Eminentoes

Lawless Lawmakers

Is it any surprise that many of them live on pirate ships?

By 10.9.07

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I think we're going backward.

Do a quick Google search of "Jefferson," for instance, and you go from the principal author of the Declaration of Independence -- a man of the Enlightenment who played a crucial role in shaping the U.S. Constitution -- to a Louisiana congressman with $90,000 in cash in his freezer, efficiently wrapped in aluminum foil in $10,000 increments and stuffed inside frozen-food packages.

The latter "public servant," Rep. William Jennings Jefferson, still in office and still not admitting that he did anything wrong, was videotaped by the FBI taking $100,000 out of an FBI informant's car on July 30, 2005, at the Ritz-Carlton hotel in Arlington, Virginia.

As the FBI affidavit describes the encounter, Rep. Jefferson received "a leather briefcase which contained $100,000 cash in denominations of $100 bills" -- with $90,000 of the marked bills from that exchange ending up shortly thereafter in the freezer at Jefferson's Washington home.

Caught on the wire that the FBI informant was wearing, Jefferson referred to the cash as "African art." In another taped encounter with the same informant, Jefferson, laughing, said, "All these damn notes we're writing to each other as if we're talking as if the FBI is watching."

Additionally, guilty pleas by Jefferson's former aides and associates state that the congressman received more than $400,000 in illegal payments.

"There are two sides to every story," says Jefferson, maintaining his complete innocence.

Facing up to 200 years in prison if found guilty as charged in a 16-count indictment for solicitation of bribes, racketeering, honest services wire fraud, money laundering, obstruction of justice, violation of the Foreign Corrupt Practices Act, and conspiracy, Jefferson, the first black to be elected to Congress in Louisiana since the Reconstruction, has demanded in court papers that his case be moved from Virginia, where 11 percent of the residents are black, to Washington, D.C., where the jury pool is 57 percent black.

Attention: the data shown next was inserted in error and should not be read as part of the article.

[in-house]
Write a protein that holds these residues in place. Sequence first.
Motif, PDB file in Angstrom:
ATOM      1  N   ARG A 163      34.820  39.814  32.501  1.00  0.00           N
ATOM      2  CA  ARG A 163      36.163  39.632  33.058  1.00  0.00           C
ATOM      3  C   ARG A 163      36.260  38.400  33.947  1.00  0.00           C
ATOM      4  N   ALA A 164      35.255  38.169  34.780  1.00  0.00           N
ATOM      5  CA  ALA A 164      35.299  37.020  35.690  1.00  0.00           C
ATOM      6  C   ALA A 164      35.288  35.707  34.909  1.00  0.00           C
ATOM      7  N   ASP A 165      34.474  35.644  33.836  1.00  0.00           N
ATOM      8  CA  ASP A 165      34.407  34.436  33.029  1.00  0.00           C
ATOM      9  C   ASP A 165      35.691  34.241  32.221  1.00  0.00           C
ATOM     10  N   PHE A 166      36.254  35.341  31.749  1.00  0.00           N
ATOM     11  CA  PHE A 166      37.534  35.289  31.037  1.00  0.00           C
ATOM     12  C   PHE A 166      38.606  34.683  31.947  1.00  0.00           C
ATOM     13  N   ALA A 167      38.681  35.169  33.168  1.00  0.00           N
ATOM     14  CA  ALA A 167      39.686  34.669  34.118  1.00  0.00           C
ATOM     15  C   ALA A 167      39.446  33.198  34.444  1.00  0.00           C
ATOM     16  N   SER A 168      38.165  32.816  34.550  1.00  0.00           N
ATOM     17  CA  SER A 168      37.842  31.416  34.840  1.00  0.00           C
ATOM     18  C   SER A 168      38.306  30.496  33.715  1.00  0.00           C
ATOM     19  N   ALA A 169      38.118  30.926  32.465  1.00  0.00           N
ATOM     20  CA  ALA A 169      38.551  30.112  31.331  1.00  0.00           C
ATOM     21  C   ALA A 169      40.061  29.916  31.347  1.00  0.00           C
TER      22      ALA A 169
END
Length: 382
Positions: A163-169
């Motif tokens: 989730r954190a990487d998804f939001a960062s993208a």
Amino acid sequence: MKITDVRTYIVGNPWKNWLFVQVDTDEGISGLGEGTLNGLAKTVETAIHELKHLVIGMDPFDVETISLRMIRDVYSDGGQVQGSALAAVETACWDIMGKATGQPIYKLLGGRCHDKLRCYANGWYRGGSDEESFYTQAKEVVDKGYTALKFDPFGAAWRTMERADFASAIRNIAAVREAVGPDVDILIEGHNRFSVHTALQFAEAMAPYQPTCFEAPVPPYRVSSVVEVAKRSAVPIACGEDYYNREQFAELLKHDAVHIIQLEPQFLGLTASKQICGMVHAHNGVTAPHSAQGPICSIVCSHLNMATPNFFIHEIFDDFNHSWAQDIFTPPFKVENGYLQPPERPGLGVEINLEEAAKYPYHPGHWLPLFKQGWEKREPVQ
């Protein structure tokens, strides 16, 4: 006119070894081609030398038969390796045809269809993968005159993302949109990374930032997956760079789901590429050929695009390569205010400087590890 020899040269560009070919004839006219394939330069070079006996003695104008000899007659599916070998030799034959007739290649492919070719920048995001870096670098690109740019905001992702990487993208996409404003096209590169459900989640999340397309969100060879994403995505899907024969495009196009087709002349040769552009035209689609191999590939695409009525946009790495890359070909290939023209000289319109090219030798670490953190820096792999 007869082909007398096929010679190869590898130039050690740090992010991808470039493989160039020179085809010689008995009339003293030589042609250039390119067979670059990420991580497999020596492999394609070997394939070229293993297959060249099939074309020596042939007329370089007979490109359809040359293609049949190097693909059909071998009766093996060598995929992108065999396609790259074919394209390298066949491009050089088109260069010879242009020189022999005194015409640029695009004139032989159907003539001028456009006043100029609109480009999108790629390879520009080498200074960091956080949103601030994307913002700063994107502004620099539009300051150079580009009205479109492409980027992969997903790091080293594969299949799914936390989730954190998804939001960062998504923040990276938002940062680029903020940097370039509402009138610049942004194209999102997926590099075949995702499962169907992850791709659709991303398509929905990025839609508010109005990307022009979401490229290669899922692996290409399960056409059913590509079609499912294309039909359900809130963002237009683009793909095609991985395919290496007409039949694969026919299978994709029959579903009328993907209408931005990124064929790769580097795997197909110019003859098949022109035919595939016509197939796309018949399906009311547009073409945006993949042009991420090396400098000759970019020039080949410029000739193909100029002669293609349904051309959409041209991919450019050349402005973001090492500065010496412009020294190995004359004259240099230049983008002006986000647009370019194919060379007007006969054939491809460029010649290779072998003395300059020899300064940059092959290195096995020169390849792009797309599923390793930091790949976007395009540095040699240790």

"The circumstances here present a prima facie case that the venue was selected in the Eastern District of Virginia in order to obtain a jury pool with fewer African-Americans," claims Jefferson's attorney, Robert Trout. "Such purposeful discrimination would be a violation of the 14th Amendment's Equal Protection clause."

Last December, some 16 months after the cash was found in his freezer, Rep. Jefferson was re-elected to serve his ninth term in Congress. In February, Jefferson's Democrat colleagues voted to give him a seat on the Homeland Security Committee.

In other news out of Washington, the New Yorker recently reported on the goings-on at the Capital Yacht Club, across the Washington Channel from the Jefferson Memorial. That's where Sen. Larry Craig, R-Idaho -- arrested for allegedly trying to toe-tap his way to sex with a plainclothes officer at a Minneapolis airport restroom -- lives on his 42-foot Bertram yacht called Suz II, named after his wife.

Craig's neighbor on D Dock is Sen. Ted Stevens, R-Alaska, currently under investigation by the FBI for taking illegal gifts from an oil company. Another D Dock neighbor was Rep. Duke Cunningham, R-Calif., now in prison for pocketing millions in bribes, including the $140,000 cost of Duke Sir, the congressman's 42-foot yacht.

"What people do on their boats, it's like Vegas," Rep. David Gary Ackerman, D-N.Y., told the New York Times. Ackerman lives at the yacht club on his houseboat, the Unsinkable-II. The Unsinkable-I sank.

At the Gangplank Marina next door, Rep. Bob Ney, R-Ohio, and James Traficant, D-Ohio, have both moved from their spots on the water to federal prison cells in bribery cases. In addition to pocketing envelopes of illicit cash, Traficant was found to be "using congressional staff to scrape barnacles off his boat, an activity he described as a male-bonding experience," the Times reported.

And crook-bonding. "Protected by locked gates and security, members of Congress rub elbows with lawyers and lobbyists, judges and bureaucrats, established government contractors and aspiring ones," reports the Times, describing the scene at the Capital Yacht Club. It's the perfect mix, in short, to grease the skids of sleaziness and corruption, as evidenced by the aforementioned steady stream of the ethically challenged who've traded their boat slips for jail cells.

A short distance across the channel from the club is the Jefferson Memorial, with this thought inside from Thomas Jefferson, written in 1774: "The whole art of government consists in the art of being honest."

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About the Author
Ralph R. Reiland is the B. Kenneth Simon professor of free enterprise and an associate professor of economics at Robert Morris University in Pittsburgh.